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20 Miles More – Liverpool’s Essential Low Carbon Link

High-speed rail has polarised opinions across the nation, health especially when it comes to sustainability. After all, HS2 is infrastructure, and concrete is grey not green, isn’t it?

But if Britain is to transition toward a low carbon economy then we need sustainable infrastructure. Rail travel, even at high-speed, is low carbon in comparison to the alternatives.

It is the speed of travel which is the motivation for passengers to shift from high carbon modes of transport to low carbon rail.

High-speed rail requires as little energy as just 3kWh per 100 passenger-km travelled – 27 times less than car travel[1].

And it isn’t just car drivers who will switch to high-speed rail, but also air passengers. Millions fly every year between Scotland and the South. Getting these passengers to switch to a faster rail alternative will have significant, positive environmental benefits.

The ideological choice between building or not building HS2 is a false one. The real choice is between providing a low-carbon infrastructure or new road building.

The Chancellor’s recent Autumn Statement heralded a £15bn investment in the road network. This is a fraction of what will be needed if we don’t increase rail capacity with HS2. New roads will also have an impact on our countryside. The land-take of a km of new motorway is three times that of a km of high-speed rail line.

The name “High-Speed” 2 is a misnomer, a more appropriate one would be “High-Capacity”. Transferring long distance trains from the existing rail tracks on to the new HS2 line will release the existing tracks for new freight and local passenger services.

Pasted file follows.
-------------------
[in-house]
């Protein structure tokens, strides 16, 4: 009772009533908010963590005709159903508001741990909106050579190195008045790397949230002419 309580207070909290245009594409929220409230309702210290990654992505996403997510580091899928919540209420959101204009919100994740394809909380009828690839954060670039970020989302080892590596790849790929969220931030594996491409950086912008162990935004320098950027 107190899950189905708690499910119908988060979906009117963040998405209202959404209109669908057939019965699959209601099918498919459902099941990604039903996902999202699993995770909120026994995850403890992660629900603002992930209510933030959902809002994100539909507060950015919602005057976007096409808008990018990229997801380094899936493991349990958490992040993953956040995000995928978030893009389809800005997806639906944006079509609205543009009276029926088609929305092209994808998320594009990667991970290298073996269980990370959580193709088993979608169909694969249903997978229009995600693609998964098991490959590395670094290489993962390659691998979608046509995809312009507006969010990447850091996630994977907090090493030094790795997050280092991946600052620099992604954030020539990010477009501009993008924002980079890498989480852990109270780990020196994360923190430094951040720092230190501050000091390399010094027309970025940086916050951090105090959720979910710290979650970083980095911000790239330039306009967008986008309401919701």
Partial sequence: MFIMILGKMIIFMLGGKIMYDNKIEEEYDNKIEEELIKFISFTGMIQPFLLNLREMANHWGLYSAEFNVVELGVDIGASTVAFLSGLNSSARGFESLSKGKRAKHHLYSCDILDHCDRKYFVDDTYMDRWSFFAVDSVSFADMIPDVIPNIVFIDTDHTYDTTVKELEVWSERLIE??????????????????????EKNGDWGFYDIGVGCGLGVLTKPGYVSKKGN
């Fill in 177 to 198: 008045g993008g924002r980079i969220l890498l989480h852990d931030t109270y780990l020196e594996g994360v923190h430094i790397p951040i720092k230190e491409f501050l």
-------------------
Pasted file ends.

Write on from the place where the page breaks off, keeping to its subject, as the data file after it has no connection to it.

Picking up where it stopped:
But this is quandary for Liverpool, as HS2 is proposed to stop short of the City Region, therefore no new rail capacity will be created in the City Region for the massive increase in freight from the Port or associated logistics.

This could result in the 250,000 HGVs travelling though the City to the Port every year because rail isn’t an alternative.

The proposals also won’t release track space needed to expand Merseyrail services to the east of Liverpool, getting commuters out of their cars and onto trains.

Simply put, Liverpool won’t get the low-carbon infrastructure it needs for sustainable growth.

But the future needn’t be so grey. The HS2 route runs to within 20 miles of Liverpool. We have show that it is not only affordable but great business to extend the 330 mile network just 20 Miles More to include the city. It would not only link this great City Region to the North-South HS2 route but it could simultaneously be the start of a West-East HS3, linking Liverpool to Manchester, Leeds and the North.

We’re passionate about Liverpool and the leading role it has to play in Britain’s future – a future that must be sustainable.

Now is the time to go 20 Miles More.

Andrew Morris
20 Miles More
The campaign for a direct high-speed rail link for Liverpool

[1] Sustainable Energy Without The Hot Air, p 128, David JC MacKay.

Written by Gather

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